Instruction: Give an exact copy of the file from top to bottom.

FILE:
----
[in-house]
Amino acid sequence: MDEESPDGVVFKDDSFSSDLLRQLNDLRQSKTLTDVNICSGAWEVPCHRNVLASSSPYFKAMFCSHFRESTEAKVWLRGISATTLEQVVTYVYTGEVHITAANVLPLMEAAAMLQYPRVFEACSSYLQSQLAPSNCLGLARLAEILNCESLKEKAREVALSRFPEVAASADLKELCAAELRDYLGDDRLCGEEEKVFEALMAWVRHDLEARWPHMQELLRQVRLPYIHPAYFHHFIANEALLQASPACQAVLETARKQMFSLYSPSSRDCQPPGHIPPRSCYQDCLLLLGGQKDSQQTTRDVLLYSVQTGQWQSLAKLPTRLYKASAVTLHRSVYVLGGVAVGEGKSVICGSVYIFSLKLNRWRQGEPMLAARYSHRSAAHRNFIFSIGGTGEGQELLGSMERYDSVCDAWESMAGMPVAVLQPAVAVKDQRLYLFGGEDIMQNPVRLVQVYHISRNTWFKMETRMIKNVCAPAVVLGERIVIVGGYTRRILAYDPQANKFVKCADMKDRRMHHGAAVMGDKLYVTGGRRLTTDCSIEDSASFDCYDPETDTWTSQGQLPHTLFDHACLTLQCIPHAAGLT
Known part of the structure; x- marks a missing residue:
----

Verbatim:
[in-house]
Amino acid sequence: MDEESPDGVVFKDDSFSSDLLRQLNDLRQSKTLTDVNICSGAWEVPCHRNVLASSSPYFKAMFCSHFRESTEAKVWLRGISATTLEQVVTYVYTGEVHITAANVLPLMEAAAMLQYPRVFEACSSYLQSQLAPSNCLGLARLAEILNCESLKEKAREVALSRFPEVAASADLKELCAAELRDYLGDDRLCGEEEKVFEALMAWVRHDLEARWPHMQELLRQVRLPYIHPAYFHHFIANEALLQASPACQAVLETARKQMFSLYSPSSRDCQPPGHIPPRSCYQDCLLLLGGQKDSQQTTRDVLLYSVQTGQWQSLAKLPTRLYKASAVTLHRSVYVLGGVAVGEGKSVICGSVYIFSLKLNRWRQGEPMLAARYSHRSAAHRNFIFSIGGTGEGQELLGSMERYDSVCDAWESMAGMPVAVLQPAVAVKDQRLYLFGGEDIMQNPVRLVQVYHISRNTWFKMETRMIKNVCAPAVVLGERIVIVGGYTRRILAYDPQANKFVKCADMKDRRMHHGAAVMGDKLYVTGGRRLTTDCSIEDSASFDCYDPETDTWTSQGQLPHTLFDHACLTLQCIPHAAGLT
Known part of the structure; x- marks a missing residue: